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Lower Returns is a Fact of Life for Multifamily Stakeholders, Say InterFace Speakers

The development panel at InterFace Multifamily Southeast included, from left, Chad DuBeau of Mill Creek Residential Trust; Ron Cameron of Colliers International (moderator); Kyle Brock of Crescent Communities; Colin Cavill of St. Clair Holdings; and Bennett Sands of Wood Partners.

There is no shortage of capital available to seasoned multifamily developers and investors because the property sector’s underlying real estate fundamentals remain so strong. That was one of the key takeaways of the ninth annual InterFace Multifamily Southeast, a real estate conference hosted by InterFace Conference Group and Southeast Real Estate Business. The event drew more than 400 multifamily professionals to The Whitley hotel in Atlanta on Nov. 27.

Speakers during the development panel said that multifamily real estate has plenty options on both the debt and equity sides, but underwriting financing for new construction can still be a strenuous process because they aren’t seeing as high of returns as years past.

“Our return thresholds are lower, that’s a fact,” said Chad DuBeau, senior managing director of Mill Creek Residential Trust. “Construction costs are high and land prices are high. The cost of capital is very reasonable, but when you put all those factors together, underwriting is just difficult.”

Panel moderator Ron Cameron, senior vice president and principal of Colliers International, asked his fellow panelists a pointed question about the state of the industry. If the multifamily cycle were a game of golf, what hole is the sector currently on?

Colin Cavill, managing principal of St. Clair Holdings, said that the apartment industry is currently playing the 16th hole, indicating it’s late in the cycle.

“We’re starting to see hesitancy of capital sources to truly chase the deal,” said Cavill. “Lenders have dramatically pulled back in terms of leverage, which really affects entrepreneurs’ ability to get a development deal over the line.”

The developers said that similar to lenders, their equity investors are also more cautious because of the lower internal rates of return (IRR) they’re getting compared with the recent past. Cavill said that sovereign wealth funds will do deals at a 11 to 14 percent IRR, but that most domestic equity groups are still expecting IRRs in the high teens to low 20s. As a result, developers are adjusting their leverage during underwriting.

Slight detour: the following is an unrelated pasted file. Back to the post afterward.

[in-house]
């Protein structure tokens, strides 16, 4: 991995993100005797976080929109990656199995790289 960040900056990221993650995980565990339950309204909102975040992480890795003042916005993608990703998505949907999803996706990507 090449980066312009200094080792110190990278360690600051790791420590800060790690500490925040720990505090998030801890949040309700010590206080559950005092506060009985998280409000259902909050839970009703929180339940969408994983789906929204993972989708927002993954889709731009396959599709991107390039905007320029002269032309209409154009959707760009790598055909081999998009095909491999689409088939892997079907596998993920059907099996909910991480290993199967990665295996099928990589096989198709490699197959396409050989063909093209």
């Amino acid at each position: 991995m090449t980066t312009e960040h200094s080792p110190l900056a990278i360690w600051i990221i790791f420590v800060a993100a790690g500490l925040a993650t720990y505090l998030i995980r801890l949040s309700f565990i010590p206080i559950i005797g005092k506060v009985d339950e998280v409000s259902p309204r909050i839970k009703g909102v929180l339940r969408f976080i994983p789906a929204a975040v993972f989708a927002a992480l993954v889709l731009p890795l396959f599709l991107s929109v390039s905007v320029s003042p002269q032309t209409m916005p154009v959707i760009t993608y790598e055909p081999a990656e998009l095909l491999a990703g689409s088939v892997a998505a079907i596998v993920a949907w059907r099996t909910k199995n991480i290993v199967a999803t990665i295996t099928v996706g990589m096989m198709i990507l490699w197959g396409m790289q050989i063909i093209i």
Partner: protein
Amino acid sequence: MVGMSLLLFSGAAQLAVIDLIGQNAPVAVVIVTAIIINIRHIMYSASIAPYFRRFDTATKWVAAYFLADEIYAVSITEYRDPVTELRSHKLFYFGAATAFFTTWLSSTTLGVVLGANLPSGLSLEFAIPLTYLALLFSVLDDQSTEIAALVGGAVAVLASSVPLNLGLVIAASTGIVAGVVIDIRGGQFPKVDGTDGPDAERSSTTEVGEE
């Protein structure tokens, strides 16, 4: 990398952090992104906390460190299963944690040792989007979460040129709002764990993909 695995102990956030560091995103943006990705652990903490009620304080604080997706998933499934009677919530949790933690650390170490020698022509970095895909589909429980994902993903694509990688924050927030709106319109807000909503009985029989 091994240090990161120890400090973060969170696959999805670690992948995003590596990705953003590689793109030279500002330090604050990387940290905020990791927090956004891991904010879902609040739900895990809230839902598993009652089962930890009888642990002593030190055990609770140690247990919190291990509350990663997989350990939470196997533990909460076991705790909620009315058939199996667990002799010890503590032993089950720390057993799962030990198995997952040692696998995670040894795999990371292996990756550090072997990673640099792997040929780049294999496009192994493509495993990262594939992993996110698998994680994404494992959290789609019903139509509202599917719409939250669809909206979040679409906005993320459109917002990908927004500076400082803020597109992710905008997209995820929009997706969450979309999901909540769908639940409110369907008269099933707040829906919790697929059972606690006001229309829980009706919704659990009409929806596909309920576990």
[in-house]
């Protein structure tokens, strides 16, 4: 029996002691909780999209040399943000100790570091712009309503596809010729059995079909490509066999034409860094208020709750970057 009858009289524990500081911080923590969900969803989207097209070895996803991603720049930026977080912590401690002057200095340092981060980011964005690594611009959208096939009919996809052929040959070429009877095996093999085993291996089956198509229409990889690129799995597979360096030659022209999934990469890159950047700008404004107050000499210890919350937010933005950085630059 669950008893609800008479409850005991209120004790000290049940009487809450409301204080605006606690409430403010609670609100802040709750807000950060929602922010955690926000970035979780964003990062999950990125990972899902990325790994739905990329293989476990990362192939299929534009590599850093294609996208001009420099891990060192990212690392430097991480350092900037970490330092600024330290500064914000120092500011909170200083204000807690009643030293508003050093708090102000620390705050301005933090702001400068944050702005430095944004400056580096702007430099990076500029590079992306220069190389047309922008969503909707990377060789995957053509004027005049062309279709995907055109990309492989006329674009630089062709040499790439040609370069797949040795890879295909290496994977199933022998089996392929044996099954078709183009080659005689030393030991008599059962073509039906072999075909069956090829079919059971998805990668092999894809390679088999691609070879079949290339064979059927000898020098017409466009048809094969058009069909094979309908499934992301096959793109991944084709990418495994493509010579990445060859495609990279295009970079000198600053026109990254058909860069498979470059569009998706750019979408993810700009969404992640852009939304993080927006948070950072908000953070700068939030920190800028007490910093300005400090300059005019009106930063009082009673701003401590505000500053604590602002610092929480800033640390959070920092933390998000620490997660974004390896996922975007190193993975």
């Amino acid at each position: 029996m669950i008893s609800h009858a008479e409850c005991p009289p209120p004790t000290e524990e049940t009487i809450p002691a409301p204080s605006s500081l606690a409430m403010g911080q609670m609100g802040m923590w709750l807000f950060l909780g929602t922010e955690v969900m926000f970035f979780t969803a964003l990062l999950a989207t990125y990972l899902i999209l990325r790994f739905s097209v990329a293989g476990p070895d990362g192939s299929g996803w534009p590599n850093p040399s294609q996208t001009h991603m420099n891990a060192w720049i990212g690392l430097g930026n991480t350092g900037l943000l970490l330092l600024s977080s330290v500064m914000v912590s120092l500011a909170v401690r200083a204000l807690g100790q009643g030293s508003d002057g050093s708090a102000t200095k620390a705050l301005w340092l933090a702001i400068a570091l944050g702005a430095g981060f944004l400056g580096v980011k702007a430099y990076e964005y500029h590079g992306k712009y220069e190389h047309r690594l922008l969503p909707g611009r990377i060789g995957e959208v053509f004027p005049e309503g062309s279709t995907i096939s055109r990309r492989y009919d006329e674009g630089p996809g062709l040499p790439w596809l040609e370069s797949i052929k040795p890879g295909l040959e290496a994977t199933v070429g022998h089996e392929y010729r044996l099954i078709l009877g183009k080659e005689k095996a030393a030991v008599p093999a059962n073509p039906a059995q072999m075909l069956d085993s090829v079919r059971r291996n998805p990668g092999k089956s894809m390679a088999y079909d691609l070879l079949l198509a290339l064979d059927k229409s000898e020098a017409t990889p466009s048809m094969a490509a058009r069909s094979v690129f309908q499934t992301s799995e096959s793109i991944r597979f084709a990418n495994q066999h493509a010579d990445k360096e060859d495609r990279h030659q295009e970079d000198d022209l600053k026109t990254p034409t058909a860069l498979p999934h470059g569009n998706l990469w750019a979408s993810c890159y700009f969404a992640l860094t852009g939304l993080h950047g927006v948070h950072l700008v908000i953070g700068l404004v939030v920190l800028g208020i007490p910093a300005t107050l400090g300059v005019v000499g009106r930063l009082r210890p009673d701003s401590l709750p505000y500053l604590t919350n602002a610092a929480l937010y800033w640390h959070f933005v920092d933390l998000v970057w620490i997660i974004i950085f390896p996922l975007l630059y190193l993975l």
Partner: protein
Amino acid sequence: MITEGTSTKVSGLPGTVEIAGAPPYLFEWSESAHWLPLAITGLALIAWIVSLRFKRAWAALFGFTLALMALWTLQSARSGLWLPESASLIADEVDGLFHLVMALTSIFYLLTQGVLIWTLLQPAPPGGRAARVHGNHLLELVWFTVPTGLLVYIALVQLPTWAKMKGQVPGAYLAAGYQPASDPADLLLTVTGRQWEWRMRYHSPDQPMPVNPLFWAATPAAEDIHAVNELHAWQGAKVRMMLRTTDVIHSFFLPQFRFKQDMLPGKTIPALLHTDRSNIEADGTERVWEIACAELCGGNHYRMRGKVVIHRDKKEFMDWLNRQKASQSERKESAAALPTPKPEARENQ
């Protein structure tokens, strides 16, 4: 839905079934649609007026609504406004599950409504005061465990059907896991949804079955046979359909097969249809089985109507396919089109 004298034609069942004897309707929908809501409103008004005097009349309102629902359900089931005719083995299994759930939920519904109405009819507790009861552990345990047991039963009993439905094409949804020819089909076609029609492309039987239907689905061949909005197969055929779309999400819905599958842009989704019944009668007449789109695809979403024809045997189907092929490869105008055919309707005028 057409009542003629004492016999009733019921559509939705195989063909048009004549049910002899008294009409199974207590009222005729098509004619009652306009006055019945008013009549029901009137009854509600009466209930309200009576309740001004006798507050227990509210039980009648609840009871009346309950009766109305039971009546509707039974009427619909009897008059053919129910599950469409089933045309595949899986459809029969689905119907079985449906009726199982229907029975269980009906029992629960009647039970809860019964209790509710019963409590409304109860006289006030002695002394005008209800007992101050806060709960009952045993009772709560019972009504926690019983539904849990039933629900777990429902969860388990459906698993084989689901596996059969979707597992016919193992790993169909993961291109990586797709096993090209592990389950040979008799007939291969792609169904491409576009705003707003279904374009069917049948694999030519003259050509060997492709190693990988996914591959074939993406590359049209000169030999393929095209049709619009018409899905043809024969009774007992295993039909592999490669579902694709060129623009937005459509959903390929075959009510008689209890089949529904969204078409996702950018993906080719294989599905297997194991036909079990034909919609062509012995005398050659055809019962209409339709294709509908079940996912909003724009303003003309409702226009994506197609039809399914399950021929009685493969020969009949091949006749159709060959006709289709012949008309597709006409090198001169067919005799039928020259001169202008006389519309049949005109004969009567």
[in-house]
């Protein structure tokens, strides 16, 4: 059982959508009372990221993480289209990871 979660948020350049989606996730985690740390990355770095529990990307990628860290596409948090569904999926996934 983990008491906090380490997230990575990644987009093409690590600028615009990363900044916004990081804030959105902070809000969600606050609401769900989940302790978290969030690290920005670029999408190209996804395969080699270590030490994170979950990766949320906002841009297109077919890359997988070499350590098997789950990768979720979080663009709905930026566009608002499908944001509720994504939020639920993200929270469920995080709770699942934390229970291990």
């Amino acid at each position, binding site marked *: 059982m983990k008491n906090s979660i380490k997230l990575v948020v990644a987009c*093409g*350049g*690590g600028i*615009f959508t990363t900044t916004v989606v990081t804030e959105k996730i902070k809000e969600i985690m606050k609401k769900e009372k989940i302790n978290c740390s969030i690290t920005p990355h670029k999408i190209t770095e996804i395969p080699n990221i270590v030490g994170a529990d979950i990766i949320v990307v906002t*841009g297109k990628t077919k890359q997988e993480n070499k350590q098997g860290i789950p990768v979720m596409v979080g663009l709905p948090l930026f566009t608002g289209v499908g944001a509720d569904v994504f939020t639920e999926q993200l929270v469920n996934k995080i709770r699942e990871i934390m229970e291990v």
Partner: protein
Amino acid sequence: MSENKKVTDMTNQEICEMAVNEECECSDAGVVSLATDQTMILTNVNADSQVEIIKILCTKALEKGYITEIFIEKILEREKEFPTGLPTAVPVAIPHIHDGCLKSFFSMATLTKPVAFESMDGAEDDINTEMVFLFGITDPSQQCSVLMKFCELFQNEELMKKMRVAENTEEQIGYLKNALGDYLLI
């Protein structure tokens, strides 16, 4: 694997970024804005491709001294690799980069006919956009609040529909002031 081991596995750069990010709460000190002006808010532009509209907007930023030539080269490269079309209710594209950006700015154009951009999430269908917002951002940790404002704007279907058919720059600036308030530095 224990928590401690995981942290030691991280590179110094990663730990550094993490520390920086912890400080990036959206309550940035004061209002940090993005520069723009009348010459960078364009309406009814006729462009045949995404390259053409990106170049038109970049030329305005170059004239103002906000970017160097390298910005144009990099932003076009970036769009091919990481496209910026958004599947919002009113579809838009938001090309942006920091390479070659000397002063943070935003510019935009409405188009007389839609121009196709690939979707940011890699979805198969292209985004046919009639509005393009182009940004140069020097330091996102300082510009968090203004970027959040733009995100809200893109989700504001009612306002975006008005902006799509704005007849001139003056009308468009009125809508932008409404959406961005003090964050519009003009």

“The struggle we have in underwriting is getting our equity investors their returns and keeping leverage at a level that we’re comfortable with,” said Kyle Brock, managing director of Crescent Communities. “It’s tough to hit those equity returns without juicing the leverage. That’s a constant challenge we have.”

Bennett Sands, managing director of Atlanta-based Wood Partners, said his firm has accepted the lower leverage environment in the underwriting process in order to get deals done. The highest he said Wood Partners will underwrite now for construction financing is 60 percent loan-to-cost.

“As a result, we’re having to convince our capital sources that it’s no longer an 18 to 20 percent IRR, it’s in the mid-teens,” said Sands. “The equity groups getting deals done are the ones that are accepting lower returns.”

The developers on the panel said that even after underwriting is in place, their returns could still take a hit if variables outside of their control go sideways, including rising construction costs and zoning or entitlement miscues that could delay construction times.

“It’s taken four to six months longer than we anticipate for municipalities to approve plans, and that’s if we know people in the city,” said Cavill. “I’m expanding the time it takes before we really start construction, which impacts the returns, but I’m doing so as a backup so we have flexibility.”

Facing these potential disruptors, developers are safeguarding their projects by building in contingencies on the front end of their underwriting to mitigate their risk.

“We’ve had a few too many challenges at the end of a deal trying to get costs in line, so we add a little more cushion upfront,” said Brock. “It does make those projects more difficult to underwrite, but capital out there has adjusted its return expectations so we’re able to make things work.”

In the face of lower returns, some developers have opted to change their corporate philosophy. DuBeau said that Mill Creek Residential has pivoted to become a long-term holder of the assets they develop because they’re not making as high a profit selling. DuBeau said his firm is confident in the sea change in strategy because he believes that multifamily’s demand drivers will be in place for the foreseeable future.

“Our view is that we’re finding opportunities that are good investments in the long term and investing not from a merchant-build strategy but rather a long-term one,” said DuBeau.

Mill Creek Residential’s focus in 2019 will be on finding the best development sites, emphasized DuBeau. “We’re a strong believer in site selection. We’ll make that bet, but in a disciplined fashion.”

— John Nelson

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